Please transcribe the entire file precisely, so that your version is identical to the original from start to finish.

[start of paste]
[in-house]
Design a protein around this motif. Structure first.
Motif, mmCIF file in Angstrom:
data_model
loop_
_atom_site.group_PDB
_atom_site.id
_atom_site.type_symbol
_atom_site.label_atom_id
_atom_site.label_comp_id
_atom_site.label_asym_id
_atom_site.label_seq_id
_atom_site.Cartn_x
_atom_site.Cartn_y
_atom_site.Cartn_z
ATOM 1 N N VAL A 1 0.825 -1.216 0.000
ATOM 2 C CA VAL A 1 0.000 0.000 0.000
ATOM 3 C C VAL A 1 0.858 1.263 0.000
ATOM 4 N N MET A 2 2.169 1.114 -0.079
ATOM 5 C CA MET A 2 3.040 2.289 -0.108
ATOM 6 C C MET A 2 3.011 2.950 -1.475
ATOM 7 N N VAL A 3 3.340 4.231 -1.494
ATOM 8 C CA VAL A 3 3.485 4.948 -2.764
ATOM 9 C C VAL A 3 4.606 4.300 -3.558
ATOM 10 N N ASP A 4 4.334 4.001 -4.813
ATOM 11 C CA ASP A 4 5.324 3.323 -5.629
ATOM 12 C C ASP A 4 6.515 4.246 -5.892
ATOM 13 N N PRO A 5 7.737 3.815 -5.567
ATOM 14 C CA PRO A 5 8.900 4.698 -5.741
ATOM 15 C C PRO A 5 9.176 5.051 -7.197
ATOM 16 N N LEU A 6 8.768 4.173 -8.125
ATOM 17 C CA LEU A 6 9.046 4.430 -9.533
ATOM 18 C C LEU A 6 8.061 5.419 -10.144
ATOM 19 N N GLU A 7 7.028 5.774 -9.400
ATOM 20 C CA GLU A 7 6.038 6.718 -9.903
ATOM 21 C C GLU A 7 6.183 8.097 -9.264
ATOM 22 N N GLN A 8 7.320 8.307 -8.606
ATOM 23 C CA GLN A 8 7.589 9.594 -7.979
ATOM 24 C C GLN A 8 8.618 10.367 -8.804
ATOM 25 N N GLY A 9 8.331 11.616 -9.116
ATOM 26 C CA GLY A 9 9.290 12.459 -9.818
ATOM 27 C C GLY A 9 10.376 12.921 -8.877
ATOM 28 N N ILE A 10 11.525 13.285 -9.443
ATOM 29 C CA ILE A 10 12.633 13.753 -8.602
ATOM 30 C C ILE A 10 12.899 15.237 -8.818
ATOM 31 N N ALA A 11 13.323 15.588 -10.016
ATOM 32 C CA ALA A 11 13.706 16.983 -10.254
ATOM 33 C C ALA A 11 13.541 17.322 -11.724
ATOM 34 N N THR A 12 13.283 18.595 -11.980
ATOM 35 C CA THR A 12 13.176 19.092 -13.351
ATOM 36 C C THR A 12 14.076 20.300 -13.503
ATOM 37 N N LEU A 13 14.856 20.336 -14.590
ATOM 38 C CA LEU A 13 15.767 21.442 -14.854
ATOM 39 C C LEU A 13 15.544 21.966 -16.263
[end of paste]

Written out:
[in-house]
Design a protein around this motif. Structure first.
Motif, mmCIF file in Angstrom:
data_model
loop_
_atom_site.group_PDB
_atom_site.id
_atom_site.type_symbol
_atom_site.label_atom_id
_atom_site.label_comp_id
_atom_site.label_asym_id
_atom_site.label_seq_id
_atom_site.Cartn_x
_atom_site.Cartn_y
_atom_site.Cartn_z
ATOM 1 N N VAL A 1 0.825 -1.216 0.000
ATOM 2 C CA VAL A 1 0.000 0.000 0.000
ATOM 3 C C VAL A 1 0.858 1.263 0.000
ATOM 4 N N MET A 2 2.169 1.114 -0.079
ATOM 5 C CA MET A 2 3.040 2.289 -0.108
ATOM 6 C C MET A 2 3.011 2.950 -1.475
ATOM 7 N N VAL A 3 3.340 4.231 -1.494
ATOM 8 C CA VAL A 3 3.485 4.948 -2.764
ATOM 9 C C VAL A 3 4.606 4.300 -3.558
ATOM 10 N N ASP A 4 4.334 4.001 -4.813
ATOM 11 C CA ASP A 4 5.324 3.323 -5.629
ATOM 12 C C ASP A 4 6.515 4.246 -5.892
ATOM 13 N N PRO A 5 7.737 3.815 -5.567
ATOM 14 C CA PRO A 5 8.900 4.698 -5.741
ATOM 15 C C PRO A 5 9.176 5.051 -7.197
ATOM 16 N N LEU A 6 8.768 4.173 -8.125
ATOM 17 C CA LEU A 6 9.046 4.430 -9.533
ATOM 18 C C LEU A 6 8.061 5.419 -10.144
ATOM 19 N N GLU A 7 7.028 5.774 -9.400
ATOM 20 C CA GLU A 7 6.038 6.718 -9.903
ATOM 21 C C GLU A 7 6.183 8.097 -9.264
ATOM 22 N N GLN A 8 7.320 8.307 -8.606
ATOM 23 C CA GLN A 8 7.589 9.594 -7.979
ATOM 24 C C GLN A 8 8.618 10.367 -8.804
ATOM 25 N N GLY A 9 8.331 11.616 -9.116
ATOM 26 C CA GLY A 9 9.290 12.459 -9.818
ATOM 27 C C GLY A 9 10.376 12.921 -8.877
ATOM 28 N N ILE A 10 11.525 13.285 -9.443
ATOM 29 C CA ILE A 10 12.633 13.753 -8.602
ATOM 30 C C ILE A 10 12.899 15.237 -8.818
ATOM 31 N N ALA A 11 13.323 15.588 -10.016
ATOM 32 C CA ALA A 11 13.706 16.983 -10.254
ATOM 33 C C ALA A 11 13.541 17.322 -11.724
ATOM 34 N N THR A 12 13.283 18.595 -11.980
ATOM 35 C CA THR A 12 13.176 19.092 -13.351
ATOM 36 C C THR A 12 14.076 20.300 -13.503
ATOM 37 N N LEU A 13 14.856 20.336 -14.590
ATOM 38 C CA LEU A 13 15.767 21.442 -14.854
ATOM 39 C C LEU A 13 15.544 21.966 -16.263